Ask a Social Worker: Advance Care Planning

Ask a Social Worker: Advance Care Planning

You can appoint someone to make decisions on your behalf when you’re no longer able.

“Ask a Social Worker” is a regular column featuring questions from the community and answers from members of NBDF’s Social Work Working Group. If you have questions for our social workers, send them to [email protected].


Dear Jackie,

Is there a way to appoint someone in advance to make medical or financial decisions on my behalf if I become incapacitated physically or mentally

Although we hope to always remain physically and mentally fit, unexpected life events can happen, and it is best to be prepared. When you turn 18, you become a legal adult in the United States. As an adult, you have the right to choose who can make medical and financial decisions on your behalf if you were ever unable to make these decisions on your own. You also choose what type of medical treatment you would like, or not like, at the end of your life. These are called advance care plans or advance directives.

Power of Attorney

A power of attorney is the most common advance directive for decisions related to finances and health care. A health care power of attorney, also known as a health care proxy, would immediately take effect after a medical event that left you incapable of making your own decisions. That person would talk with your doctors to make medical treatment decisions on your behalf. A person with financial power of attorney can keep paying your bills and act independently regarding your finances when you are not able.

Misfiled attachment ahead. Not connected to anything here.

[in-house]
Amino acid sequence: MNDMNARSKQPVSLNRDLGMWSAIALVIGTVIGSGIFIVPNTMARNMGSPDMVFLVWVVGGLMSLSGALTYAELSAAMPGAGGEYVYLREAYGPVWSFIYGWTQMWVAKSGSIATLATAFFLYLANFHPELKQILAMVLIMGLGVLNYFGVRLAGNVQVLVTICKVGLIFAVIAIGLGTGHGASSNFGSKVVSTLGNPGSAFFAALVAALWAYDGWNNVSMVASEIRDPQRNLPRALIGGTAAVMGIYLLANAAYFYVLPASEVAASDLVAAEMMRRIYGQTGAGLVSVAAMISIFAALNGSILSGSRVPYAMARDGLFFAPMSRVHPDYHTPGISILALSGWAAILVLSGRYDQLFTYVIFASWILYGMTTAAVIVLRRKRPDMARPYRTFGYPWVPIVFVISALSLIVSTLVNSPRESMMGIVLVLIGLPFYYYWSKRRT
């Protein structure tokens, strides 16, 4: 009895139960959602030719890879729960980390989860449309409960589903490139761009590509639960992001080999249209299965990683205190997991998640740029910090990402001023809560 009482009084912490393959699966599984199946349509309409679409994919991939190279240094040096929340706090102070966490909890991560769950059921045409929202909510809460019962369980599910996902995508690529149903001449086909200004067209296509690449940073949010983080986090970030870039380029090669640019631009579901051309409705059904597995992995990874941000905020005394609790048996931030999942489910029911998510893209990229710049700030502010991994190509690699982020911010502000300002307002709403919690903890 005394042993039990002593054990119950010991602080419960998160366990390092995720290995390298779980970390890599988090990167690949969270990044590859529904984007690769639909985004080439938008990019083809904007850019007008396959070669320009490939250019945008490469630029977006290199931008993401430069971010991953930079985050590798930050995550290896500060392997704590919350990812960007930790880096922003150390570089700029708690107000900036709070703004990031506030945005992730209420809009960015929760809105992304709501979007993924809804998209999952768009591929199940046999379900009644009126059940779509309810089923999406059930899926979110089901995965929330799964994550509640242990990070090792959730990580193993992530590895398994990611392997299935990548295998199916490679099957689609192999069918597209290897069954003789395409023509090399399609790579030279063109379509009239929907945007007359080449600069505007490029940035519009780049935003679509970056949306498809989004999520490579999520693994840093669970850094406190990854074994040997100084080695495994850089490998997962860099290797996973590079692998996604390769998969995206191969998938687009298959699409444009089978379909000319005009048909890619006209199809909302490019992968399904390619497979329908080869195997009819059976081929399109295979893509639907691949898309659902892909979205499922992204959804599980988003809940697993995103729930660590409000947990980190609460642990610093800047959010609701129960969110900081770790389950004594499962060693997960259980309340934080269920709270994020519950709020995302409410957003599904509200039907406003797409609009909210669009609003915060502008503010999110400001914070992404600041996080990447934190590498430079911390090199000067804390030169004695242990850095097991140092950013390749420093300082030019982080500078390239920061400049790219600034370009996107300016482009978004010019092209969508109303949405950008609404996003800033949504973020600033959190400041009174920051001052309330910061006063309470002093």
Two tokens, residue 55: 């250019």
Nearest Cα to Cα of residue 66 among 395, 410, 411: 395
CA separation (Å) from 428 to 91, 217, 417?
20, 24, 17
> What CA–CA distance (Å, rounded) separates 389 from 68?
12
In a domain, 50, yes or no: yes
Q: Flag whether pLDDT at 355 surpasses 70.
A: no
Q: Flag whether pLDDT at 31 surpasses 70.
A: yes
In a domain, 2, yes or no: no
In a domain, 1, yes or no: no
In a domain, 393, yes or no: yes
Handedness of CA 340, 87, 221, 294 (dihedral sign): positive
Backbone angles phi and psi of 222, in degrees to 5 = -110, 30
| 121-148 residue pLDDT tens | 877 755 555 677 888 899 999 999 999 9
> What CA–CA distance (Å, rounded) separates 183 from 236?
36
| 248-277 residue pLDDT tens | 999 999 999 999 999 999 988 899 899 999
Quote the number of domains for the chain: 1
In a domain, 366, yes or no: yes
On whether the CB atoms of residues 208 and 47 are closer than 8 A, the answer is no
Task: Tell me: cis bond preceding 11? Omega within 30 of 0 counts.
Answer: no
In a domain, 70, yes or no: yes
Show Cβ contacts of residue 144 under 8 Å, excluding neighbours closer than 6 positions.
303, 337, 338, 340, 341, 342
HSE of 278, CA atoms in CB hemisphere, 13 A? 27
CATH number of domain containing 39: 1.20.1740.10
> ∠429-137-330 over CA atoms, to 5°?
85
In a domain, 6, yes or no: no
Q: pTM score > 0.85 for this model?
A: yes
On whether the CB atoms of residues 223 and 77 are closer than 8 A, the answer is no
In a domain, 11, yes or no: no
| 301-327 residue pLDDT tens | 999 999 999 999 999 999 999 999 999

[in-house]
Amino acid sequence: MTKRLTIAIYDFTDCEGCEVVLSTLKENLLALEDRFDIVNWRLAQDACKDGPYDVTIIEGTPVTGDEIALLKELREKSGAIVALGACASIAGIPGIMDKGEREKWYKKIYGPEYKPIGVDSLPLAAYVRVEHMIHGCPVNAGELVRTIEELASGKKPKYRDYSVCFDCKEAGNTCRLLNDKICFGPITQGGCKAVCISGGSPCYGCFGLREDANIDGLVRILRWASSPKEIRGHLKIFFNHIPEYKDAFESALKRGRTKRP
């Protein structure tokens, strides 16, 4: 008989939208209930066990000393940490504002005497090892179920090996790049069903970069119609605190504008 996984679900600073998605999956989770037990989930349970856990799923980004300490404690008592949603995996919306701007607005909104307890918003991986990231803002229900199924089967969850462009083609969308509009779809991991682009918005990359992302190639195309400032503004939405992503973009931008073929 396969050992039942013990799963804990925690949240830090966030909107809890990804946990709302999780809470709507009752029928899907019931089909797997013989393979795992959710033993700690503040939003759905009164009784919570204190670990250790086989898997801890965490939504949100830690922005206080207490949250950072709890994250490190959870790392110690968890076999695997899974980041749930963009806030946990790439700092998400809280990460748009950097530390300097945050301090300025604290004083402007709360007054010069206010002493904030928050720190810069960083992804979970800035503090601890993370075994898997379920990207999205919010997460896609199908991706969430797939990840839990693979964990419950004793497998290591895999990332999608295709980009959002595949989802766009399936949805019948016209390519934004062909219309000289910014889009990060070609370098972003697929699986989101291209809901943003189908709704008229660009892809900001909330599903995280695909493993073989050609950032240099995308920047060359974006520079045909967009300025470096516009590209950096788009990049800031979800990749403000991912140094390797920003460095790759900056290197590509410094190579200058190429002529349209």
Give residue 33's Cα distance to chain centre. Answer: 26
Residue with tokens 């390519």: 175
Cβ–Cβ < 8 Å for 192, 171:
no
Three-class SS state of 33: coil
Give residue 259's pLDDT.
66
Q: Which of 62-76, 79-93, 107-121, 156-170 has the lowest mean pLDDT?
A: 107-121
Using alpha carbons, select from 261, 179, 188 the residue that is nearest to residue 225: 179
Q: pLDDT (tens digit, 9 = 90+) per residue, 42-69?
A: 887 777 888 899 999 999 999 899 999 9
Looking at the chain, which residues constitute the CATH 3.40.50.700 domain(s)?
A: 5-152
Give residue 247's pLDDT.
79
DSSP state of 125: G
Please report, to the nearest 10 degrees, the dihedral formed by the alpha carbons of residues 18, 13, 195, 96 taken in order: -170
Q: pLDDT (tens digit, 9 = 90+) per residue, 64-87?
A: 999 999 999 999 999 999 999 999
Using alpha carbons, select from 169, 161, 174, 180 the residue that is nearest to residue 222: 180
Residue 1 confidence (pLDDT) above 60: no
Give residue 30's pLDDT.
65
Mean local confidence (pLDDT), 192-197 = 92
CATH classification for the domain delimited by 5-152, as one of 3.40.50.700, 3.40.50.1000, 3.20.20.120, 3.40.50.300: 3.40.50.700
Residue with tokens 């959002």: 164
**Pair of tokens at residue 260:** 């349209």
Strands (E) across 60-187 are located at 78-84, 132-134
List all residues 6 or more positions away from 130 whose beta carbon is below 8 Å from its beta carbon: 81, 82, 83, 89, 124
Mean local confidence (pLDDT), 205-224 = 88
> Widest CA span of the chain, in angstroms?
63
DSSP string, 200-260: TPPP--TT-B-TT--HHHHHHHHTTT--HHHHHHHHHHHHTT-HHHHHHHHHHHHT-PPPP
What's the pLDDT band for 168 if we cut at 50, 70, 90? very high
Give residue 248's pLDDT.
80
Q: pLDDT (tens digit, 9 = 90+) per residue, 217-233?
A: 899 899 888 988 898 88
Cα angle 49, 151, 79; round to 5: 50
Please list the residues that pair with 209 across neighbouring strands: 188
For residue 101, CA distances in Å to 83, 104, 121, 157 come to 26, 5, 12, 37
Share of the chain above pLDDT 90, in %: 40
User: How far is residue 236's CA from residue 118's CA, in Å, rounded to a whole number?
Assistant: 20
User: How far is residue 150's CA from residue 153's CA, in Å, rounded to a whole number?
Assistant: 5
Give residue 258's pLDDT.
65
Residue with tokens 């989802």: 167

The person you appoint as power of attorney must be 18 or older and of sound mind. This person will be responsible for important financial and medical decisions, so choose someone who understands your concerns. They must be trustworthy, and it helps if you can communicate easily with them. It could be a spouse, parent, adult child, another family member, or a close friend. You can appoint multiple people (such as two adult children) and give them dual power of attorney. In most states, you do not need an attorney to witness or draw up the paperwork (although it’s highly suggested). Each state has different forms and requirements for creating legal documents and, in most states, these will need to be notarized. Of note, a power of attorney is no longer valid after death.

Living Will

In addition to appointing a decision-maker, you can create a living will. A living will outlines your specific treatment preferences for the end of your life. In determining your wishes, think about your values and what measures you would and would not want to be used to keep you alive. Talk to your doctor(s) if you have questions about specific end-of-life medical treatments, such as CPR. 

Some hospitals and medical centers have their own health care representative or living will paperwork that you can complete with a social worker or chaplain, if available. This is different from a health care power of attorney. You can also talk with your hemophilia treatment center about the different options available to you. It is important to plan and prepare for your future.  

— Jacqueline M. Bottacari, LCSW

Bottacari works at the Yale Center for Bleeding and Clotting Disorders and is a member of the Social Work Working Group.